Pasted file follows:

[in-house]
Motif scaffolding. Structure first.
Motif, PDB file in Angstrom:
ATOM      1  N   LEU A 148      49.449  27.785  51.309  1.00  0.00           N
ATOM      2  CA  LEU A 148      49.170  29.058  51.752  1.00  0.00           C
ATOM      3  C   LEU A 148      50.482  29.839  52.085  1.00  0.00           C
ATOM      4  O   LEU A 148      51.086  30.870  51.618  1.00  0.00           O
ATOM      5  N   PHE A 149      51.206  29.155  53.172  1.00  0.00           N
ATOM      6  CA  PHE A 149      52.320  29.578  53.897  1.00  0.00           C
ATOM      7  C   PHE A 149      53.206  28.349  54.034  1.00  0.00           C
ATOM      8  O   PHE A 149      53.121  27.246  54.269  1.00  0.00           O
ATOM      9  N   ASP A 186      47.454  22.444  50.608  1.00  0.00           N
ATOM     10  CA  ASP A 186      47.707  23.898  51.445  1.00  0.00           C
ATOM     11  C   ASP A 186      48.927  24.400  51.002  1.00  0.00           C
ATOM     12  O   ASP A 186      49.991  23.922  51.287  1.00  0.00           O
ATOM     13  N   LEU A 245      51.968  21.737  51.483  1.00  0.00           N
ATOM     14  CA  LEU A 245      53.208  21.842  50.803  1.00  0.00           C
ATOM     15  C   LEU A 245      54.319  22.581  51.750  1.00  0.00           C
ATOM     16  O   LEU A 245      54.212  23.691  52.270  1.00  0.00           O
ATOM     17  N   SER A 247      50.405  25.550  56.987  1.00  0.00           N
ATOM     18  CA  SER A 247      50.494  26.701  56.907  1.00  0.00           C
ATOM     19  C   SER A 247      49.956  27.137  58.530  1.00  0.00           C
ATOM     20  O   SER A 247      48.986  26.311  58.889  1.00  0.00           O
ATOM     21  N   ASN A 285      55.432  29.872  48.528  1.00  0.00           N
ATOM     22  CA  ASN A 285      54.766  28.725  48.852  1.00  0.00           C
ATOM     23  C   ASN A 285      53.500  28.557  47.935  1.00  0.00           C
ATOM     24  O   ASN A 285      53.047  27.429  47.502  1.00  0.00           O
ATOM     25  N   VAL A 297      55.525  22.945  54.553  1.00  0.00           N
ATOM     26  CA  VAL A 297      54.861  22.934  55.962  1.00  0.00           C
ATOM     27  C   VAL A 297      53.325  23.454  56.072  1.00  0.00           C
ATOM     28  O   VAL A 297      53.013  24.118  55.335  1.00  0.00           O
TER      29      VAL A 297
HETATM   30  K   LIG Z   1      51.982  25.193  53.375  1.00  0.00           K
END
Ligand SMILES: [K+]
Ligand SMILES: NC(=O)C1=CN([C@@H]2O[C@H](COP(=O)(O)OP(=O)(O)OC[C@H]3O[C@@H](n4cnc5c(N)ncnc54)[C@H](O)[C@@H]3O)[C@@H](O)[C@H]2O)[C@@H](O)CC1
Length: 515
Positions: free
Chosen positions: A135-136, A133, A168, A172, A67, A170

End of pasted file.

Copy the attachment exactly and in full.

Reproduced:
[in-house]
Motif scaffolding. Structure first.
Motif, PDB file in Angstrom:
ATOM      1  N   LEU A 148      49.449  27.785  51.309  1.00  0.00           N
ATOM      2  CA  LEU A 148      49.170  29.058  51.752  1.00  0.00           C
ATOM      3  C   LEU A 148      50.482  29.839  52.085  1.00  0.00           C
ATOM      4  O   LEU A 148      51.086  30.870  51.618  1.00  0.00           O
ATOM      5  N   PHE A 149      51.206  29.155  53.172  1.00  0.00           N
ATOM      6  CA  PHE A 149      52.320  29.578  53.897  1.00  0.00           C
ATOM      7  C   PHE A 149      53.206  28.349  54.034  1.00  0.00           C
ATOM      8  O   PHE A 149      53.121  27.246  54.269  1.00  0.00           O
ATOM      9  N   ASP A 186      47.454  22.444  50.608  1.00  0.00           N
ATOM     10  CA  ASP A 186      47.707  23.898  51.445  1.00  0.00           C
ATOM     11  C   ASP A 186      48.927  24.400  51.002  1.00  0.00           C
ATOM     12  O   ASP A 186      49.991  23.922  51.287  1.00  0.00           O
ATOM     13  N   LEU A 245      51.968  21.737  51.483  1.00  0.00           N
ATOM     14  CA  LEU A 245      53.208  21.842  50.803  1.00  0.00           C
ATOM     15  C   LEU A 245      54.319  22.581  51.750  1.00  0.00           C
ATOM     16  O   LEU A 245      54.212  23.691  52.270  1.00  0.00           O
ATOM     17  N   SER A 247      50.405  25.550  56.987  1.00  0.00           N
ATOM     18  CA  SER A 247      50.494  26.701  56.907  1.00  0.00           C
ATOM     19  C   SER A 247      49.956  27.137  58.530  1.00  0.00           C
ATOM     20  O   SER A 247      48.986  26.311  58.889  1.00  0.00           O
ATOM     21  N   ASN A 285      55.432  29.872  48.528  1.00  0.00           N
ATOM     22  CA  ASN A 285      54.766  28.725  48.852  1.00  0.00           C
ATOM     23  C   ASN A 285      53.500  28.557  47.935  1.00  0.00           C
ATOM     24  O   ASN A 285      53.047  27.429  47.502  1.00  0.00           O
ATOM     25  N   VAL A 297      55.525  22.945  54.553  1.00  0.00           N
ATOM     26  CA  VAL A 297      54.861  22.934  55.962  1.00  0.00           C
ATOM     27  C   VAL A 297      53.325  23.454  56.072  1.00  0.00           C
ATOM     28  O   VAL A 297      53.013  24.118  55.335  1.00  0.00           O
TER      29      VAL A 297
HETATM   30  K   LIG Z   1      51.982  25.193  53.375  1.00  0.00           K
END
Ligand SMILES: [K+]
Ligand SMILES: NC(=O)C1=CN([C@@H]2O[C@H](COP(=O)(O)OP(=O)(O)OC[C@H]3O[C@@H](n4cnc5c(N)ncnc54)[C@H](O)[C@@H]3O)[C@@H](O)[C@H]2O)[C@@H](O)CC1
Length: 515
Positions: free
Chosen positions: A135-136, A133, A168, A172, A67, A170